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Comment & Response
December 2017

Overestimating the Benefit of Cancer Drugs—Reply

Author Affiliations
  • 1London School of Economics and Political Science, London, England
  • 2Institute of Global Health Innovation, Imperial College London, London, England
JAMA Oncol. 2017;3(12):1738-1739. doi:10.1001/jamaoncol.2017.1976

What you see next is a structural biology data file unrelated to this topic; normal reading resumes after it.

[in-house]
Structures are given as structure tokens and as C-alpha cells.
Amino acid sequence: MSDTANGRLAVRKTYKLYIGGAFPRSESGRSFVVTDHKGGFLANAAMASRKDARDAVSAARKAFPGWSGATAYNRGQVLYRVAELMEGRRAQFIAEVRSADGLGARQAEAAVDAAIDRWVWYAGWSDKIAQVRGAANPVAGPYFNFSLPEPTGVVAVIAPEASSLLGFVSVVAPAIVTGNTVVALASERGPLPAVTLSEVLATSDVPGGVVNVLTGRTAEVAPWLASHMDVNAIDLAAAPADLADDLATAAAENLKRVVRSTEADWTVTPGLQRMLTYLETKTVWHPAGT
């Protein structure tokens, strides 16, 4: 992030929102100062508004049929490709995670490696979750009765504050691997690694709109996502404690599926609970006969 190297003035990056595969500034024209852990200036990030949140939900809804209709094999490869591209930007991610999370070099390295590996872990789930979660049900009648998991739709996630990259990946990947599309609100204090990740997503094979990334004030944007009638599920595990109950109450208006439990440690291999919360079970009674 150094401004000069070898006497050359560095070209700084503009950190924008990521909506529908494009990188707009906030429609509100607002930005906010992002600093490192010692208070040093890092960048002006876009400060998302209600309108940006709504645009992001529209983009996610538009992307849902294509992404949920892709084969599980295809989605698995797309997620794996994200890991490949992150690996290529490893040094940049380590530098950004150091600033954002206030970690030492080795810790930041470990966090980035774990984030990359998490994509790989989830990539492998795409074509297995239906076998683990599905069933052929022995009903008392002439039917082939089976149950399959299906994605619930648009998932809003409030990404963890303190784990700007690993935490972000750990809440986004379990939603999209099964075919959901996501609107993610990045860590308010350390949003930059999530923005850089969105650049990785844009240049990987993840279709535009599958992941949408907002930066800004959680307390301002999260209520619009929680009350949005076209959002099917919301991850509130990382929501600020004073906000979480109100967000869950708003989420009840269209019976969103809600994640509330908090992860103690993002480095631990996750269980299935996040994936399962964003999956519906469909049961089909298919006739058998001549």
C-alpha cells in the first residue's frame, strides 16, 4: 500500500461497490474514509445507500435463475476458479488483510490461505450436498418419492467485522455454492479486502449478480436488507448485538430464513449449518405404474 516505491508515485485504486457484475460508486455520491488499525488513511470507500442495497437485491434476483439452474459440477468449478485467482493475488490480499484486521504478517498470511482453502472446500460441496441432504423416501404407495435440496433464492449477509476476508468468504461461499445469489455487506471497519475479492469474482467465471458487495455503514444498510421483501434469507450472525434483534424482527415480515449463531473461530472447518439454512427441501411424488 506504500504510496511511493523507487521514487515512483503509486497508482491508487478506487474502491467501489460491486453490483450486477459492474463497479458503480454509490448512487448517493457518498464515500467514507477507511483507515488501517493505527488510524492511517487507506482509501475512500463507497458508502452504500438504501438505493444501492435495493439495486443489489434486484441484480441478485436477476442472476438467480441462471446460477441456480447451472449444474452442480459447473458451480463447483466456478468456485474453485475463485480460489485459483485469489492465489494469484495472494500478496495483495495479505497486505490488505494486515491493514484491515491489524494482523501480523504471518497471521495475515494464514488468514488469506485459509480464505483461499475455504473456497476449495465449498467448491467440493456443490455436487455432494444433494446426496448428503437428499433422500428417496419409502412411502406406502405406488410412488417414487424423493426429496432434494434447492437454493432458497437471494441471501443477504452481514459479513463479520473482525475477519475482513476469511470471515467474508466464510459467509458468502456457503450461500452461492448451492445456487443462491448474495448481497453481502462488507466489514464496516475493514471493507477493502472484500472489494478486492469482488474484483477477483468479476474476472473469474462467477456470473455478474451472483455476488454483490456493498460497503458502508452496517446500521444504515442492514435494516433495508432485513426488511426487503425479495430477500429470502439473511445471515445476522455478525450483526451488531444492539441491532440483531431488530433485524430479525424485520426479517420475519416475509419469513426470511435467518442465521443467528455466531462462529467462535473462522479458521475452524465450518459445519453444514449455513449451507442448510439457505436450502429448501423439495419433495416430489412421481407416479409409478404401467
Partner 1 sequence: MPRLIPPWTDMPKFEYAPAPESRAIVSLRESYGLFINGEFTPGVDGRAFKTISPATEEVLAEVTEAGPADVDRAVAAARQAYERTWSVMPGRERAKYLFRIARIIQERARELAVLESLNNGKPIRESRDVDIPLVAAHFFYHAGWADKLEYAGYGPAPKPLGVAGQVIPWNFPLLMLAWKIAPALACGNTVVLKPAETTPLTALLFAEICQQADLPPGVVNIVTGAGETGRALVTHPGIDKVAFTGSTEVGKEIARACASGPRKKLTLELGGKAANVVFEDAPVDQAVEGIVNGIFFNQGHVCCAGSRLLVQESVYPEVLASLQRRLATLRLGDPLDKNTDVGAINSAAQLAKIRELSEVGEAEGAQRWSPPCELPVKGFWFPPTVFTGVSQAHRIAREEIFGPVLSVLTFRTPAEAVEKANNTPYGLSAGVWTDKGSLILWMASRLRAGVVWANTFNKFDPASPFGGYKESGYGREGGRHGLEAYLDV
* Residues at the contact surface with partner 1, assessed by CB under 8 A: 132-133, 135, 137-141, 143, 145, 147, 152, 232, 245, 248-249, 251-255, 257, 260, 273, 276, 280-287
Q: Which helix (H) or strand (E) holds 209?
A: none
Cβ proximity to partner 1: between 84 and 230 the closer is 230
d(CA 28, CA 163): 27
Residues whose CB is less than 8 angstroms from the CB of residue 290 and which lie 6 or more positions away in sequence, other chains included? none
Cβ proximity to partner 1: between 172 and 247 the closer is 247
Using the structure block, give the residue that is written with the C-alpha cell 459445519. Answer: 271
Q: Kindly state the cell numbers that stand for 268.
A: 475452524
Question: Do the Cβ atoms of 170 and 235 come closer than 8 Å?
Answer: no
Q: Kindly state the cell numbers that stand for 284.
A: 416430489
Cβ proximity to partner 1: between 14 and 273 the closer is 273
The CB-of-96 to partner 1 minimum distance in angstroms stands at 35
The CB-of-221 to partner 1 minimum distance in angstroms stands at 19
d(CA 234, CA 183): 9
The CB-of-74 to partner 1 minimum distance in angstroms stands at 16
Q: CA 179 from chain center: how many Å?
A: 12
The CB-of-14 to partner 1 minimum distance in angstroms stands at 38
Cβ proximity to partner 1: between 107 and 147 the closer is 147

In Reply For reference, we consider all initial, anticancer drug authorizations, and report mean treatment effects. Fojo et al1 consider initial and extension drug authorizations for only solid tumors, and instead report medians. We present drug overall survival (OS) benefits individually. Unlike Fojo et al, we then estimate the total impact on patient OS between 2003 and 2013. Where appropriate, OS benefits were combined sequentially to reflect drug development—we intentionally did not divide by 2. For example, within this period, lapatinib’s approval was based on a comparison against capecitabine monotherapy; T-DM1 was later compared against lapatinib + capecitabine. Drug OS gains were 0.3 to 2.4 and 5.8 months, respectively. Eligible patients would have therefore seen an expected OS increase of 6.1 to 8.2 months between 2003 and 2013. Dividing by 2 would redundantly estimate average OS benefits per new drug.

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